This has been a tumultuous year in New England. The switch-over to a catch-share based system of management for the groundfish fleet did not go as smoothly as hoped (as far as the fishermen are concerned) and has led to calls for the ouster of NOAA director Jane Lubchenco, pleas to Commerce Secretary Gary Locke to bump the quotas to keep struggling groundfishermen on the water, and lawsuits aplenty from fishermen desperate to get this new program to work for them.
On the flipside, 2010 was the first year since we've been keeping track (which comes out to about a century) that zero species in the country were experiencing overfishing; bycatch is significantly reduced in the New England groundfishery; and I was thrilled to get the news that the Monterey Bay Aquarium is upgrading several New England groundfish stocks to their "best choice" or "good alternative" ranking from "species to avoid."
What makes me worry is the idea that we have to put so many small-business men and women out of work to do it. The West Coast groundfish fleet is looking at the same prospect of consolidation with their new catch share system.
What if our new management policies were closing down Main Street storefronts and throwing money at the feet of big-box stores? Would we hear as many cheers from the "green" sector? I suspect not.
So why is it that consolidation in fishing fleets is seen simply as a fait accompli, just one bump in the road toward sustainable fisheries? We are a nation of innovators, thinkers and marketers. There has to be some way to keep the independent guys on the water and not turn our fishing industry into yet another American business sector friendly only to corporations.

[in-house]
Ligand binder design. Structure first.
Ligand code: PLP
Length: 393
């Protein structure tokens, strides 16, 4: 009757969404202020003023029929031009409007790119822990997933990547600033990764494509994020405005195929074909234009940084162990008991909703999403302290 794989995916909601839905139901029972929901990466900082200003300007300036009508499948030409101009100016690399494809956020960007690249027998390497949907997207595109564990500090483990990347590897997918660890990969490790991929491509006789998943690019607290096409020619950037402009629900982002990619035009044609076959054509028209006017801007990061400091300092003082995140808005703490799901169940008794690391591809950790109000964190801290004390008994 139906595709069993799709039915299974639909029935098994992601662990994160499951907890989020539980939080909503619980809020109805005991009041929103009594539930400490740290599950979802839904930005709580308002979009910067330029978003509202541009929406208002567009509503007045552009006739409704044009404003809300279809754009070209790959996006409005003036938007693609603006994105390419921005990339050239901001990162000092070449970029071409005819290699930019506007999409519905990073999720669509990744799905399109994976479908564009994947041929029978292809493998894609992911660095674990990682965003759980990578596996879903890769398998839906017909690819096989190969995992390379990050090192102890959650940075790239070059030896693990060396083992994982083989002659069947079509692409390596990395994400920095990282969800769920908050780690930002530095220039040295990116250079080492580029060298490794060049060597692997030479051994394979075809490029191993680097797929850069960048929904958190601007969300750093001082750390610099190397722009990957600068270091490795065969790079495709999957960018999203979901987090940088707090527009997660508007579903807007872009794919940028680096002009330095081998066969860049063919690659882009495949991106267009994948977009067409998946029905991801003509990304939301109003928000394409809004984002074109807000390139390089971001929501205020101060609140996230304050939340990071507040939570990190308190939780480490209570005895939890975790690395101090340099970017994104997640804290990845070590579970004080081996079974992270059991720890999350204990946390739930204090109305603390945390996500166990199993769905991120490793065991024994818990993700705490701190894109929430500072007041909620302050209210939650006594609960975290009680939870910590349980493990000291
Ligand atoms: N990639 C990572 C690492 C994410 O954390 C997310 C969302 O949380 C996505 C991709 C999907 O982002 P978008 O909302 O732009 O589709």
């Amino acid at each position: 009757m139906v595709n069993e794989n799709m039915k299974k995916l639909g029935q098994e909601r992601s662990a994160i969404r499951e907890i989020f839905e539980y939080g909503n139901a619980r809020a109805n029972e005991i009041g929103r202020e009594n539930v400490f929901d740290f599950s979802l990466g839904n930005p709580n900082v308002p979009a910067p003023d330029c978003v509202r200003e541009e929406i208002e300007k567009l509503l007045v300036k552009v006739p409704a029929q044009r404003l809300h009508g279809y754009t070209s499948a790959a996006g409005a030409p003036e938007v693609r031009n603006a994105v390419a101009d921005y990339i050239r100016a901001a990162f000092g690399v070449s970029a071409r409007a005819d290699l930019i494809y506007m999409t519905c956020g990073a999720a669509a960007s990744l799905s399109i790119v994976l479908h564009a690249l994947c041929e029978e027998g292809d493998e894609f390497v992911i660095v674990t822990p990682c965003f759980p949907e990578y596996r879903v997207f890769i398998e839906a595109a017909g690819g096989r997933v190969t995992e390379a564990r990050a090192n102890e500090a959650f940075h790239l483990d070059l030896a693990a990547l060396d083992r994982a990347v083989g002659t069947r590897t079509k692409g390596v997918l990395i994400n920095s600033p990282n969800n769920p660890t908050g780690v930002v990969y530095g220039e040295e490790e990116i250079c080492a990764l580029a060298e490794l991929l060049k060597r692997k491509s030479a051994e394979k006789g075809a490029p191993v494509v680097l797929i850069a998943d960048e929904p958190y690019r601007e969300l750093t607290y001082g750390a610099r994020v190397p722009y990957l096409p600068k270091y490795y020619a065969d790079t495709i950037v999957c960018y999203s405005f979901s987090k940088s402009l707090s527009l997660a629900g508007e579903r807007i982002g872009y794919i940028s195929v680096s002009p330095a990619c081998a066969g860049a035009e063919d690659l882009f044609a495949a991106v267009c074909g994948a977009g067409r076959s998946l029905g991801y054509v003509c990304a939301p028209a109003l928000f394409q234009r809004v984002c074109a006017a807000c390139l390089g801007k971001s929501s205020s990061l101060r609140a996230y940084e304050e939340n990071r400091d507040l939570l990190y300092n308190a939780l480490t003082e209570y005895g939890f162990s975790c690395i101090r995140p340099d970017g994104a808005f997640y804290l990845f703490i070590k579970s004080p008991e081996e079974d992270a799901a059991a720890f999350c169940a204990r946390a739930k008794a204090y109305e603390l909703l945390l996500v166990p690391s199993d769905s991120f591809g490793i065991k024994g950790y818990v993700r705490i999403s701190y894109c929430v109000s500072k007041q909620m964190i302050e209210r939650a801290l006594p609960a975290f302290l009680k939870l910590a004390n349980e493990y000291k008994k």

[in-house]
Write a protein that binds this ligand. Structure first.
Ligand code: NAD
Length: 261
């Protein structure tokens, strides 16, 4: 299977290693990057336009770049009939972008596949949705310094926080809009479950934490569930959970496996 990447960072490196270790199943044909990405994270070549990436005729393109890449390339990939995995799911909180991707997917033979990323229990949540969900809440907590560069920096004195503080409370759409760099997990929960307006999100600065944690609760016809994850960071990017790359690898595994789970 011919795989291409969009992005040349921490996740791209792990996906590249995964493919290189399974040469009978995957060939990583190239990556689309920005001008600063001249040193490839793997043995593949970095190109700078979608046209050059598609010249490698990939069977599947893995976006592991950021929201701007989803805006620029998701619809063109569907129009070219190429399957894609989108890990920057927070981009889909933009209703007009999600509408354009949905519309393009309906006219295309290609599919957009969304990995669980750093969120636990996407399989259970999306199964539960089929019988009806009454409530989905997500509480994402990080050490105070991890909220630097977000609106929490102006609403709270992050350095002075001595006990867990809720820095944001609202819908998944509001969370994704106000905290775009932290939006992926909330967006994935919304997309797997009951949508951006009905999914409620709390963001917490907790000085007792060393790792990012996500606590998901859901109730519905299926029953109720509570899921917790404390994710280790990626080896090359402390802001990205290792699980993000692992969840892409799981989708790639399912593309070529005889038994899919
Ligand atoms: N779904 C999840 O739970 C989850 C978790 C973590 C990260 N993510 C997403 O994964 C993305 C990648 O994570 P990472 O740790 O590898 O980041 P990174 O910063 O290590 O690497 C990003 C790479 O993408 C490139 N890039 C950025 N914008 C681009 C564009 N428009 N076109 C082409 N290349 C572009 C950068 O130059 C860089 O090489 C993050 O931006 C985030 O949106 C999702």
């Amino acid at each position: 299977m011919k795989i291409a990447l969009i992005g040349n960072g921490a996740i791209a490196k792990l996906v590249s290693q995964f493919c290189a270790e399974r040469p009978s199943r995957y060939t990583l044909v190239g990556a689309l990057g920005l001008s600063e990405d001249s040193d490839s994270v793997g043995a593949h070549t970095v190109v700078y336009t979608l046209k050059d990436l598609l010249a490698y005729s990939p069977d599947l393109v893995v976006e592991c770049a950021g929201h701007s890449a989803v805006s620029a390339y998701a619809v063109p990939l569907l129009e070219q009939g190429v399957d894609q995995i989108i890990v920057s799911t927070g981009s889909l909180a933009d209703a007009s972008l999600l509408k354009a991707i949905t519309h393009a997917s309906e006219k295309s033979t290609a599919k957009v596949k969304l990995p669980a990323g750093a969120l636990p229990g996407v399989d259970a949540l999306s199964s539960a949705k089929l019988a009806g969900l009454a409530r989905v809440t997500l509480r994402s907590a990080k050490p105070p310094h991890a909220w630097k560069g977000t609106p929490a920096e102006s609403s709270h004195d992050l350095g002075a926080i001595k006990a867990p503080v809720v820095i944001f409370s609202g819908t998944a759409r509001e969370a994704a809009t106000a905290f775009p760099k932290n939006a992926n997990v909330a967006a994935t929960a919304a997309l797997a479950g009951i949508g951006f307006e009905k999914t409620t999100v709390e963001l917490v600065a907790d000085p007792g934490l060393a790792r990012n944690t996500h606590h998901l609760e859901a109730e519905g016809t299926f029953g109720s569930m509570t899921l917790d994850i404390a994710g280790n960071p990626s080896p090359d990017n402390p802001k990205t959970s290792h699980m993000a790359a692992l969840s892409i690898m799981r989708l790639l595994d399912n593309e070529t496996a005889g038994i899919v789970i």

I'm not asking to change our market system or bring corporations to their knees. I believe in the free market. But that's not what we have when the supply is being managed so tightly by people who don't fully understand what they're doing or even have a broad perspective on the system they are using to manage all of these people and fish.
We can praise a move away from overfishing, as we should. And we most certainly ought to encourage people to eat the product of the fisheries that are recovering and being managed sustainably.
But at what point can we move beyond patting ourselves on the back to look at how these changes are affecting working waterfronts, historical fishing villages and fishing families? When can we stop looking at columns of numbers and take a glance at the people on the docks?
Now that it looks like we have found a way to save the fish, it's time to start looking for a way to preserve the American fisherman.
National Fisherman Live: 9/9/14
In this episode:
Seafood Watch upgrades status of 21 fish species
Calif. bill attacking seafood mislabeling approved
Ballot item would protect Bristol Bay salmon
NOAA closes cod, yellowtail fishing areas
Pacific panel halves young bluefin harvest
National Fisherman Live: 8/26/14
In this episode, National Fisherman Publisher Jerry Fraser talks about his early days dragging for redfish on the Vandal.
More than a dozen higher education institutions and federal and local fishery management agencies and organizations in American Samoa, Guam, the Commonwealth of the Northern Mariana Islands and Hawaii have signed a memorandum of understanding aimed at building the capacity of the U.S. Pacific Island territories to manage their fisheries and fishery-related resources.